Reflex Integration /

Psychomotor Therapy

 

 

 

Primary Reflex integration

 

This could be what's behind your kid's problems in school

Could your kid’s messy handwriting or trouble sitting still be traced back to those innate reflexes they had as infants? Here’s what you need to know about retained primitive reflexes.

The instincts babies are born with are fascinating. When newborns hear a loud sound, their tiny arms and legs go up in the air as part of the moro, or startle, reflex. If you stroke a newborn’s cheek, they turn their heads and start sucking, in anticipation of a nipple, a reaction known as the rooting reflex.

Some reflexes are key to a baby’s survival, like being able to root and find nutrition. The purpose of others is unknown, although some experts believe that the startle reflex is an evolutionary response from a time when babies needed to cling to their mothers. A big startle and cry would let mom know that baby was falling. Having these reflexes is a sign that all is well—paediatricians check them to test the normal development of babies during the Apgar test at birth and during regular checkups. As a child grows, they typically grow out of, or integrate, these behaviours. But if the reflexes stick around into toddlerhood or beyond they can actually start to cause problems.

An emerging field of thought among therapists suggests that these infant reflexes can show up in problematic and entirely unexpected ways if they’re retained just a few years down the road. In fact, these so-called retained primitive reflexes could underlie everything from problems with motor skills to hyperactivity once kids reach school age.

The problem with retaining reflexes

In cases where reflexes are retained only to a mild degree, children may exhibit symptoms that pose challenges but don’t sound alarm bells for parents or educators. Depending on the reflex that’s retained, signs can include:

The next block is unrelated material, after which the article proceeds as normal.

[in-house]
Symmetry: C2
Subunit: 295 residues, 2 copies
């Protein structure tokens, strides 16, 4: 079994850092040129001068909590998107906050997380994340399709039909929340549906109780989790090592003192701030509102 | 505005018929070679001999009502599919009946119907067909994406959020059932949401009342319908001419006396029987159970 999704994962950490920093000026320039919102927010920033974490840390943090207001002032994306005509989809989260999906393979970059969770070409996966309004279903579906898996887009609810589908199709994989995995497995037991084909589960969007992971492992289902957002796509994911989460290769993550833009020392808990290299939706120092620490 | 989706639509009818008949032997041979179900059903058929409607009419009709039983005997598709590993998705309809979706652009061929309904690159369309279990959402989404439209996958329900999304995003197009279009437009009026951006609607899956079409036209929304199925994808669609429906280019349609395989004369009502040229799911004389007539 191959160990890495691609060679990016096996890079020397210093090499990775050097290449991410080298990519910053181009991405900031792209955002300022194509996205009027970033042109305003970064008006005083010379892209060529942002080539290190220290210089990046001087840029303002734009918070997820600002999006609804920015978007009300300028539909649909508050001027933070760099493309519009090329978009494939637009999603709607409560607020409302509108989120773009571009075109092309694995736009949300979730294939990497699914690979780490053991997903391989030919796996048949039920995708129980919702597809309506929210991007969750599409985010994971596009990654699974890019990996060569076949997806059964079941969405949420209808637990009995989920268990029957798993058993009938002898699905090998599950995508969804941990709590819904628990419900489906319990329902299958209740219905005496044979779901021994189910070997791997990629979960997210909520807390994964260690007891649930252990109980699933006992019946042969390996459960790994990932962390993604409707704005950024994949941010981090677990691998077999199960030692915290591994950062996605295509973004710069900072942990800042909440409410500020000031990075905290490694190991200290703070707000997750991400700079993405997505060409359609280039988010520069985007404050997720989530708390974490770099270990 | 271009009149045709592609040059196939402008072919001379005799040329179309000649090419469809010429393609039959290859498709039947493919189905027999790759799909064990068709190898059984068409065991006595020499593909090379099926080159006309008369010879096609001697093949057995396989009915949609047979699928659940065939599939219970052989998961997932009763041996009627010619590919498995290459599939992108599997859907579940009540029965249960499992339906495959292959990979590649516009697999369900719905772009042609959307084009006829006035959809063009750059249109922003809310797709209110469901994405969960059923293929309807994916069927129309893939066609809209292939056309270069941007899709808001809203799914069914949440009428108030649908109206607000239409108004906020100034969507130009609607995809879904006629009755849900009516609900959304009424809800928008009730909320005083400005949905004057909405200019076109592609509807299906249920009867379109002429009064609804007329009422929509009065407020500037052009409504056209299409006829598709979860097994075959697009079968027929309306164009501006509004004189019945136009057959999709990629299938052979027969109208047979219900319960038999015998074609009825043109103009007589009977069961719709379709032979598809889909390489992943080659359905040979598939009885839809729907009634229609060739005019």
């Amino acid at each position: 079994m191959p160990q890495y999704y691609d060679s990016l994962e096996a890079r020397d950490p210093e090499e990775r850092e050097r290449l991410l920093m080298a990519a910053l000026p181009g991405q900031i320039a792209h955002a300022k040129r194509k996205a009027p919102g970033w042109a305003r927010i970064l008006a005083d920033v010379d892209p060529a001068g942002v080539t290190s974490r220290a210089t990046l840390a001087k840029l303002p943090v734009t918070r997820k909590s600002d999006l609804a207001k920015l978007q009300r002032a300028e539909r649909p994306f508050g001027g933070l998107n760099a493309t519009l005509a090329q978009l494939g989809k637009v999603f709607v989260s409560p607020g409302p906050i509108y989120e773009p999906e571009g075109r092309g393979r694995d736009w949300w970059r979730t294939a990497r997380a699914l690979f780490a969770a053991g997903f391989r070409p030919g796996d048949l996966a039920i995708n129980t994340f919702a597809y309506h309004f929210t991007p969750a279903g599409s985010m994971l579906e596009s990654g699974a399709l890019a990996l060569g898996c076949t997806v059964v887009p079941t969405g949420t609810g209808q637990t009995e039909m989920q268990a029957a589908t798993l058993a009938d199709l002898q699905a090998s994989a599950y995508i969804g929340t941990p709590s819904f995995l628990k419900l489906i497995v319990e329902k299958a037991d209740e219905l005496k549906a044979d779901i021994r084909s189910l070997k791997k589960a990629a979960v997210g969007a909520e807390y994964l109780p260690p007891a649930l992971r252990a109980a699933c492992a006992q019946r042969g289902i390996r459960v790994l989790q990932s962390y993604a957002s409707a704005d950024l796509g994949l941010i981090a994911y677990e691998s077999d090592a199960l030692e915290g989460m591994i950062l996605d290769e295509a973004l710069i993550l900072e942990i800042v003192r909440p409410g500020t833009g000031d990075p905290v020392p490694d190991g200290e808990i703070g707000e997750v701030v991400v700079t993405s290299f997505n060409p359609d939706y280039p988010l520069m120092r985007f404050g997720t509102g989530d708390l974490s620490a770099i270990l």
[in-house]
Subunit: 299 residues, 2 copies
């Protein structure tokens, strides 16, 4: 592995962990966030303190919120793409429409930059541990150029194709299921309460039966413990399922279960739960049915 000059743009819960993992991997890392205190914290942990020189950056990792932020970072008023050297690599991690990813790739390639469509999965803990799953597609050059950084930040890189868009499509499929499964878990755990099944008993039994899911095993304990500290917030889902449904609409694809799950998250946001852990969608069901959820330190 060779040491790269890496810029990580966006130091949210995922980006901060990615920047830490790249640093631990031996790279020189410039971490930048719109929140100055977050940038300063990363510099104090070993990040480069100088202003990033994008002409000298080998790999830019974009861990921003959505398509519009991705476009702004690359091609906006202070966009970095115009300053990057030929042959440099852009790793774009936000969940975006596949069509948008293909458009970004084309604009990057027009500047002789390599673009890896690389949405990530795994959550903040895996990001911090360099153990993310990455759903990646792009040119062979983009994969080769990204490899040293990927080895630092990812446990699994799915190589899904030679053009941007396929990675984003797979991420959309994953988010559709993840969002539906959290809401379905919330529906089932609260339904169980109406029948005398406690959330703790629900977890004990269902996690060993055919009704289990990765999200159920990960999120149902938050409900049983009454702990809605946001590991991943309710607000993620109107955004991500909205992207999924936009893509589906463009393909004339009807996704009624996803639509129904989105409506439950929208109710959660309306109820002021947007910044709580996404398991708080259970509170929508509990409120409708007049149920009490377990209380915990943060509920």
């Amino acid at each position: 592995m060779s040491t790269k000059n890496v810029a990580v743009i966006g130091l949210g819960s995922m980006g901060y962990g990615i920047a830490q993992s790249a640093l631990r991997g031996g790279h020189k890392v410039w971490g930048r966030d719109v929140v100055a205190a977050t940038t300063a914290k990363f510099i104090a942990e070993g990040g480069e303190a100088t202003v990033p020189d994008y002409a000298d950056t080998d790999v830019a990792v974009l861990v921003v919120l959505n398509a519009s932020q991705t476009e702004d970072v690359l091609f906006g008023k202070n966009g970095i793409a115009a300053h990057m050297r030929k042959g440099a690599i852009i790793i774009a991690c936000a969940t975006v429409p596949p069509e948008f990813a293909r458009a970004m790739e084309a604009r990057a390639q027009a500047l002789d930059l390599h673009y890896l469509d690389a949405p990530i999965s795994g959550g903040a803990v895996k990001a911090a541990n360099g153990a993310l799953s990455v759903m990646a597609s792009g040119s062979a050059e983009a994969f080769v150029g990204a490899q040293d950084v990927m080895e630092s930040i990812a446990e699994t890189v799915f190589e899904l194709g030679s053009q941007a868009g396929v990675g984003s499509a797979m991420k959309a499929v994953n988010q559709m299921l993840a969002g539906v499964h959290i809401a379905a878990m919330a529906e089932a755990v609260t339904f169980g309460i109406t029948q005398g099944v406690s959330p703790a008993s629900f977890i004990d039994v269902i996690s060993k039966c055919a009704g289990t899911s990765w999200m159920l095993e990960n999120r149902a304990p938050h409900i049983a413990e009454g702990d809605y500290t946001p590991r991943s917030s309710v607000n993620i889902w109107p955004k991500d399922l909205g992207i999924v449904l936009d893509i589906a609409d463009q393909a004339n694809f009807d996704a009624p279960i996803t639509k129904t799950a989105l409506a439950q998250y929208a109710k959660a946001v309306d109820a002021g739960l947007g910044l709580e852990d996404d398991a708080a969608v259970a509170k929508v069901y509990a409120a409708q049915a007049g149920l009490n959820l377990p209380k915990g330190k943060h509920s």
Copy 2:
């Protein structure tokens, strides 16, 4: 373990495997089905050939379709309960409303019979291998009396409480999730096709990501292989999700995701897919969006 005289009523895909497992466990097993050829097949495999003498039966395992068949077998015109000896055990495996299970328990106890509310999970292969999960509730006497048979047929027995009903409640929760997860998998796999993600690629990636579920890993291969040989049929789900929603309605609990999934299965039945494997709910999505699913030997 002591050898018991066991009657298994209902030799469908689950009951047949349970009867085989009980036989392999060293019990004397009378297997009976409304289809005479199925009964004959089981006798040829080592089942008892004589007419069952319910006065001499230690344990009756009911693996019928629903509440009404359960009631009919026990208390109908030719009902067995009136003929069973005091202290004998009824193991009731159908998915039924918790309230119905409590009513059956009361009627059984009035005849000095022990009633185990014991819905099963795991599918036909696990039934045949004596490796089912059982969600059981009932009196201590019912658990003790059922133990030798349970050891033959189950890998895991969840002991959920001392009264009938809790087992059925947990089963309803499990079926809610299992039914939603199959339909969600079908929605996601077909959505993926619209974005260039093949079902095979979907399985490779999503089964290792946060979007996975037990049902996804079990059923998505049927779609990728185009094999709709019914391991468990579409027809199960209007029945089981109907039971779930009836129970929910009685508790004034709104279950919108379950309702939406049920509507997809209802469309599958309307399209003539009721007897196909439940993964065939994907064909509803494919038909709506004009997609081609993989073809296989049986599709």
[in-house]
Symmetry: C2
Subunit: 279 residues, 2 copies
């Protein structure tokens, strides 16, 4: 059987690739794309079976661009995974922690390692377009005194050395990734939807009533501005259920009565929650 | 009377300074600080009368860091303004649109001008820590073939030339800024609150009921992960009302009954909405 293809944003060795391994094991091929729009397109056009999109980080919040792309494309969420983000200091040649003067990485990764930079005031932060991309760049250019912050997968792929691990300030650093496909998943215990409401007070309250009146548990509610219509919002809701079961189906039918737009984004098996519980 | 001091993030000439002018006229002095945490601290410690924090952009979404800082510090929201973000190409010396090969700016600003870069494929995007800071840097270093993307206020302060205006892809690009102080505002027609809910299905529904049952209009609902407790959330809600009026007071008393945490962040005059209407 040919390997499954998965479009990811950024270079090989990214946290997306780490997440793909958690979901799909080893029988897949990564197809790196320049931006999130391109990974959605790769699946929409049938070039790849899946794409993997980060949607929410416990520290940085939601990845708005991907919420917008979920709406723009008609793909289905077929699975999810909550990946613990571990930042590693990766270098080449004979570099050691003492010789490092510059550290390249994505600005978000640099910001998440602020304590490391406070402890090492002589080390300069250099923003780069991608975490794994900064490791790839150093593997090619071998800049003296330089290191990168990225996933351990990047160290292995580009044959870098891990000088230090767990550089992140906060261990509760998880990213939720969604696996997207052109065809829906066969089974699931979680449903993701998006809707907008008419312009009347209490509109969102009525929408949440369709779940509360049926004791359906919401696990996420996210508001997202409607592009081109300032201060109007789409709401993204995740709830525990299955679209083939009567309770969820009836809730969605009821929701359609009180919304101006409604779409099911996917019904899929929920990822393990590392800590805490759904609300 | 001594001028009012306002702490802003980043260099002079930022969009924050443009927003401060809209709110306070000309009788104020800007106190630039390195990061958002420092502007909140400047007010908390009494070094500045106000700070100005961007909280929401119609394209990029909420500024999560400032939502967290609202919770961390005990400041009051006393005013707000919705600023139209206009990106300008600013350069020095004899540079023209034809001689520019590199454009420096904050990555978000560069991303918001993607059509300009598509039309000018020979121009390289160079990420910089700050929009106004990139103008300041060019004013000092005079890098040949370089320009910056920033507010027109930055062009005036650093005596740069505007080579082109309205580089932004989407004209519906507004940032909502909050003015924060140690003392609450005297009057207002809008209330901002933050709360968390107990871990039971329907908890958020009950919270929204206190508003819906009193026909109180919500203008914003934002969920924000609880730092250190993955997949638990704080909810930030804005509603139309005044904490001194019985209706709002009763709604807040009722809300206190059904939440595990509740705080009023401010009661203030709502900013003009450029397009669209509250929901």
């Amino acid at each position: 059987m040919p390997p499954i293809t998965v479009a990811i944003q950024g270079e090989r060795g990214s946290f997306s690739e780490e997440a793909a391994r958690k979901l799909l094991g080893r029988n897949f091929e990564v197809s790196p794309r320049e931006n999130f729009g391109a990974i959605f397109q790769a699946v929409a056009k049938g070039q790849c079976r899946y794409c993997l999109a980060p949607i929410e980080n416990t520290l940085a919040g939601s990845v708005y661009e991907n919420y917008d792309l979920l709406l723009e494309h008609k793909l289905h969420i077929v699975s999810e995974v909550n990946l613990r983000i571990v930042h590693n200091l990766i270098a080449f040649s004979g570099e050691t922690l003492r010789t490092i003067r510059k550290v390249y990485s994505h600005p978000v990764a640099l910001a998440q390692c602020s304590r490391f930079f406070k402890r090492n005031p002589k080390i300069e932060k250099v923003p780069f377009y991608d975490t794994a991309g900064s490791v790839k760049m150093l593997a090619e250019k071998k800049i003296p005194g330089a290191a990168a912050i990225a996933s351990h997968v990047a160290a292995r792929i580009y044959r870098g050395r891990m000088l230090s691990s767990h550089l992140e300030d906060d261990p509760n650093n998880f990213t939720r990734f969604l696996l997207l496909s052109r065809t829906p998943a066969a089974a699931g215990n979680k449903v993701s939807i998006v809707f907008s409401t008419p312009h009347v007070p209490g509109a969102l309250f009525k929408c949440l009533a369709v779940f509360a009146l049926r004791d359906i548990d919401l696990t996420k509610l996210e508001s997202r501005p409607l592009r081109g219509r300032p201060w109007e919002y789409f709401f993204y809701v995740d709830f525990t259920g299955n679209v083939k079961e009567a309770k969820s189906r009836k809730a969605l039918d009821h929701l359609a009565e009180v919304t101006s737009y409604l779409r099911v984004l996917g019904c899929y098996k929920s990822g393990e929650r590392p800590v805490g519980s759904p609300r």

• clumsiness,
  • anxiety, an inability to sit still,
  • an inability to focus,
  • bedwetting, and trouble reading and writing

In more severe cases, retained primitive reflexes are thought to be major contributing factors to attention deficit hyperactivity disorder (ADHD), autism spectrum disorder and sensory processing disorders. A 2012 study from the Czech Republic published in a journal for Neurocognitive Research showed that children with ADHD have high occurrences of retained primitive reflexes. But there’s been no conclusive evidence that one could cause the other.

Primitive reflexes are important for babies’ development since they not only help develop the brain and nervous system, but they are important to help the baby work on strength and, later, voluntary movements. But if they remain active beyond the normal developmental period, they can interfere with the progression of voluntary skills or motor skills, like kicking, head lifting, reaching and crawling.

As babies grow, and develop deliberate movements to replace their reflexive ones, their nervous systems are stimulated to integrate (or turn off) primitive reflexes. These transitions take place at different times depending on the reflex, but are usually completed by toddlerhood. (Of course, instincts don’t disappear completely—as adults, we still startle when something scares us, but it’s not our go-to response for every surprising situation.)